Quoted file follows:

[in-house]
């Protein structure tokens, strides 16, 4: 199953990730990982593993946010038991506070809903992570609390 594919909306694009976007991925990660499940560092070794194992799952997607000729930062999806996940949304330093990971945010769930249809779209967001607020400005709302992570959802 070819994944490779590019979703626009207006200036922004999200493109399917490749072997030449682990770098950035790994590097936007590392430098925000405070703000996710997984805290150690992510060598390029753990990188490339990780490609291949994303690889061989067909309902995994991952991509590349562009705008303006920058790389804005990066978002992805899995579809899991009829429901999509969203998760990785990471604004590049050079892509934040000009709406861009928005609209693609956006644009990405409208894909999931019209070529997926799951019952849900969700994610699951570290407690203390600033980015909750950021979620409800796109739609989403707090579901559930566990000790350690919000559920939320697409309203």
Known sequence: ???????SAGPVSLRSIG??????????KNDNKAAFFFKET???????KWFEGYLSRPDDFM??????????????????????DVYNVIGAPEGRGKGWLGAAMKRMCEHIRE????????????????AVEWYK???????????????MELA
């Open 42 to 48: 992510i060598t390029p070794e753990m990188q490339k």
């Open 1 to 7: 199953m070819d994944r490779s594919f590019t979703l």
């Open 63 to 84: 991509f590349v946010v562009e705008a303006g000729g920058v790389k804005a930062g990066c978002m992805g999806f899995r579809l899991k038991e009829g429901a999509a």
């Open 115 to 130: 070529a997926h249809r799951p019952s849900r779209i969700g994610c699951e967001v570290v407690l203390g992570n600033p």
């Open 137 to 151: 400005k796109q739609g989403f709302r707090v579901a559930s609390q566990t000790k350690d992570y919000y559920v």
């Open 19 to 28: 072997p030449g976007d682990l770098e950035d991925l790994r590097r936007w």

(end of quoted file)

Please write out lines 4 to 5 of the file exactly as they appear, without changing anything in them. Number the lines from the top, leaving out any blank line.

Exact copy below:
């Open 42 to 48: 992510i060598t390029p070794e753990m990188q490339k």
């Open 1 to 7: 199953m070819d994944r490779s594919f590019t979703l």